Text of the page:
16. Um, Larry, been involved in GOP and conservative politics for better part of my adult life (save from 1999-2004) and have had almost no problem from any Republican or conservative organization. And even on these few cases where I did have a problem, I wasn’t excluded from gay organizations, so please get your information on the right and the GOP from conservatives and Republicans and not left-wingers and Democrats–and other prejudiced against those with political views at odds with their own.

    Darkeyed, good critique. And note I didn’t attribute our successes to W, merely said he didn’t stand in the way.

    Comment by B. Daniel Blatt — January 13, 2010 @ 6:14 pm - January 13, 2010

  17. both obama and bush have come across as rather silent about homosexuals…

    the silence seems inconsistent with both of their party’s ‘perceived’ agendas.

    i leave it to readers to decide whose silence is worse.

    Comment by mark l. — January 13, 2010 @ 7:11 pm - January 13, 2010

  18. Dan

    Can we start a pool on who Larry is the sock-puppet for? Or does that whole end of the pool sound so similar?

    Darkeyed

    That is a good thing. If people move that way, without being forced by judges overturning laws, the more likely resistance will fade. If you notice, it spikes when someone uses the court rather than when companies or voters move than way.

    Comment by Kevin — January 13, 2010 @ 7:25 pm - January 13, 2010

  19. I’m a tranny, and I’ve been thrown under the bus by the sainted Paul Wellstone, tweaked out of legislation by Barney Frank, and excluded from any friendly consideration by HRC. Bigotry is where you find it, and I’ve found it on the Left far more often than the Right.

    Comment by Ellen — January 13, 2010 @ 7:26 pm - January 13, 2010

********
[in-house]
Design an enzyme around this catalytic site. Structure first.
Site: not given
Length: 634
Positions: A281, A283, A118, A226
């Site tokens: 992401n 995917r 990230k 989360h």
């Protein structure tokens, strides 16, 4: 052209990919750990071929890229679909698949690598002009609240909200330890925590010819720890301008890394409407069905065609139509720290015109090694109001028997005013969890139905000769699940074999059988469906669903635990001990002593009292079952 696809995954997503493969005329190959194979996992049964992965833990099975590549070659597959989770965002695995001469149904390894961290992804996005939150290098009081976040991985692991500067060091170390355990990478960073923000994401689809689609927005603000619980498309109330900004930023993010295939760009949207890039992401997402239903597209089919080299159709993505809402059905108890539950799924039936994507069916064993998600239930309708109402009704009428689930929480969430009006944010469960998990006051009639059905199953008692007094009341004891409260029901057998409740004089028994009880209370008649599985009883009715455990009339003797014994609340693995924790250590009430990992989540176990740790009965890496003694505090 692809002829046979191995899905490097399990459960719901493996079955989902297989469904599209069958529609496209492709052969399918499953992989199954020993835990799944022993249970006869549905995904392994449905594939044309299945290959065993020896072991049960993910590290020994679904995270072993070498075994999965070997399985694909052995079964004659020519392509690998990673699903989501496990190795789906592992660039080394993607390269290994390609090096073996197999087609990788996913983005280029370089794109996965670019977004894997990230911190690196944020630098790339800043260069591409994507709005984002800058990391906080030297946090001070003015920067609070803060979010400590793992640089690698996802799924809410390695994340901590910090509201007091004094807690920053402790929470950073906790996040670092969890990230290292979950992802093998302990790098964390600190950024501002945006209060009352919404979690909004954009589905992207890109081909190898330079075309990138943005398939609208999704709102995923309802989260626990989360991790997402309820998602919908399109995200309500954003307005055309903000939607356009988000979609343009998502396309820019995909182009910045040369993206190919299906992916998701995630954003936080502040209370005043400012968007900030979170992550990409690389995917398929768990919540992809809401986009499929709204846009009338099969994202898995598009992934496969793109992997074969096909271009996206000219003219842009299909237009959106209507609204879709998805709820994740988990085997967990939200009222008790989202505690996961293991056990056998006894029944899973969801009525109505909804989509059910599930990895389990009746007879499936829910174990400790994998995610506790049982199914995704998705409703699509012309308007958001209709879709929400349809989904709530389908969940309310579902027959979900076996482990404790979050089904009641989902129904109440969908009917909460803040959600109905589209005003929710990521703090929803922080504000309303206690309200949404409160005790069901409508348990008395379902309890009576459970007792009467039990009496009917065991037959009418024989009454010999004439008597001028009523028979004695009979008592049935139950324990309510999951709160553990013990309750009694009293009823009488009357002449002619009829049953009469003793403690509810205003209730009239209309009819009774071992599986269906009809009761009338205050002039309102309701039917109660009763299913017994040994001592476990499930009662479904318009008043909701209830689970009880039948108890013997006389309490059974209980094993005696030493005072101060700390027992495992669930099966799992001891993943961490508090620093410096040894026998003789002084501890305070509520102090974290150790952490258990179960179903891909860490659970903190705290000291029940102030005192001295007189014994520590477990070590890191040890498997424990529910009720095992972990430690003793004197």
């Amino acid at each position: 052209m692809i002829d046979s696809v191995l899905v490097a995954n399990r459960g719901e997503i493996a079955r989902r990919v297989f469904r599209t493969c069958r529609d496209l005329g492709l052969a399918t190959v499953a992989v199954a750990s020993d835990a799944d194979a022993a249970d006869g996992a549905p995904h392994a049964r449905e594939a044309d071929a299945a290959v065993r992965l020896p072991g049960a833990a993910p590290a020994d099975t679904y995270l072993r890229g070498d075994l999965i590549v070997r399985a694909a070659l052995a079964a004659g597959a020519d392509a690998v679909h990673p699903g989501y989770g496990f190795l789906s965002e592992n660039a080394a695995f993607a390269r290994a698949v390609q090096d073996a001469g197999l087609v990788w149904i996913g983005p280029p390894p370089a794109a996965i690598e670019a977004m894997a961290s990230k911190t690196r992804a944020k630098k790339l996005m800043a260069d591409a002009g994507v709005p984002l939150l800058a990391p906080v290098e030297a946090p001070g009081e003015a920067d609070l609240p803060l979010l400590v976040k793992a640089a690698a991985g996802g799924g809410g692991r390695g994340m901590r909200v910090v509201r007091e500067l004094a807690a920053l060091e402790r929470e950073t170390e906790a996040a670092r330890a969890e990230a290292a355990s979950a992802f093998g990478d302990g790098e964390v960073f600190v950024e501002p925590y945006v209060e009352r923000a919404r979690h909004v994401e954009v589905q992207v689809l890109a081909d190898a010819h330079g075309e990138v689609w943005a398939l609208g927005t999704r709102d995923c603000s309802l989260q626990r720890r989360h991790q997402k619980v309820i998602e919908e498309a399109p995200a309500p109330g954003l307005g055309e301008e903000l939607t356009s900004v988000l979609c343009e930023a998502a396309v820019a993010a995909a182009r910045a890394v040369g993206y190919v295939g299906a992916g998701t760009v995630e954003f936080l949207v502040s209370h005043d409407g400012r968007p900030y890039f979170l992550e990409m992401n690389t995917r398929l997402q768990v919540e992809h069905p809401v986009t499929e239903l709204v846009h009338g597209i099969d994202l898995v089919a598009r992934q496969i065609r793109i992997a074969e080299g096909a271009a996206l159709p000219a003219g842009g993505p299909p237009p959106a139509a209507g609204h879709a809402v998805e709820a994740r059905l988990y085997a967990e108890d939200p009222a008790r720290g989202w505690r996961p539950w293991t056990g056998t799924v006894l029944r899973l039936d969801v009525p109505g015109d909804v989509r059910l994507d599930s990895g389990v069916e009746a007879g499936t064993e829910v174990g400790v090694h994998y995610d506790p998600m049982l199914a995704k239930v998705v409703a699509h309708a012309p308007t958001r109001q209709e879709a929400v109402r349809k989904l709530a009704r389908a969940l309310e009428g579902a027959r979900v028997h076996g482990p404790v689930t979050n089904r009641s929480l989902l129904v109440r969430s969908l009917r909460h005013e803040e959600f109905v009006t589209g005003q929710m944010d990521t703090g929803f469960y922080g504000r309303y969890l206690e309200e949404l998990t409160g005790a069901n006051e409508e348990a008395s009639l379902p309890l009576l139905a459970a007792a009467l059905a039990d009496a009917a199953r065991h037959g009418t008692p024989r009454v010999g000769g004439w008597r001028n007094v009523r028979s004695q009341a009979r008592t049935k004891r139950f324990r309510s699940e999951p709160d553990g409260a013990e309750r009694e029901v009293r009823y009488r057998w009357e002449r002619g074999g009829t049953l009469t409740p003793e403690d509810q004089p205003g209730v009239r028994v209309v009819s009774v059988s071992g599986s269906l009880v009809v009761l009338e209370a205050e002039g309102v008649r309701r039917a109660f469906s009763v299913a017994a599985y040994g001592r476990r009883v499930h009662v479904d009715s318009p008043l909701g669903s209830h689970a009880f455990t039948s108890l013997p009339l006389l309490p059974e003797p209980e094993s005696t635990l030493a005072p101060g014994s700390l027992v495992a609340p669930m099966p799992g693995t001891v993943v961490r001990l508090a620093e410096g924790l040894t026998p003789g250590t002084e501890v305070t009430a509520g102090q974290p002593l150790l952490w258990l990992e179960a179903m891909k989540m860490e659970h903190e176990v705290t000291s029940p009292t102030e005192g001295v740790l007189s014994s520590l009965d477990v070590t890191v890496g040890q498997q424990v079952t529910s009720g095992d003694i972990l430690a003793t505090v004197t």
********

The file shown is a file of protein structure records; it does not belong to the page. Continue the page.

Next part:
20. mark, l, with one word, “perceived,” particularly by putting it in quotation marks, your short comment becomes perhaps the most insightful in this thread.

    Comment by B. Daniel Blatt — January 13, 2010 @ 7:29 pm - January 13, 2010

  21. Hey we got a leftie to admit that President bush wasn’t a dictator. That’s progress!

    Comment by The_Livewire — January 13, 2010 @ 7:34 pm - January 13, 2010

  22. Great piece, Dan. All very true. And while Bush isn’t directly responsible for the gains you mentioned, they would not have happened had he not gotten government out of the way, and had it not been for the Bush Boom.

    One thing is certain, no companies are extending benefits to gays during the Obama/Democrat depression — they simply cant afford to!

    The conclusion to draw from this post is that real progress happens as the result of free choice, not government mandate.

    Comment by American Elephant — January 13, 2010 @ 7:35 pm - January 13, 2010

  23. Bush did stand in the way, as well as the rest of the Republican party. General societal progress is responsible for improving things for gays in the past, and that’s despite efforts by people like George Bush and the GOP, who actively suppressed progress for gays on multiple fronts. Just because things got better doesn’t mean they got as good as they could (and should) have gotten, and standing up and applauding the people that did the most to stand in the way of that additional progress just because there was any progress at all is very weird, to say the least.

    The Republican Party isn’t the hero of gay advancement, MTV has more responsibility for that then the Bush administration does.

    Comment by Levi — January 13, 2010 @ 8:42 pm - January 13, 2010

  24. both obama and bush have come across as rather silent about homosexuals…

    the silence seems inconsistent with both of their party’s ‘perceived’ agendas.

    i leave it to readers to decide whose silence is worse.

    Seems that 0bama is not a big fan of gays much. unless he needs the vote.
    Prop 8 is likely passed because of the larger number of blacks who went to the polls and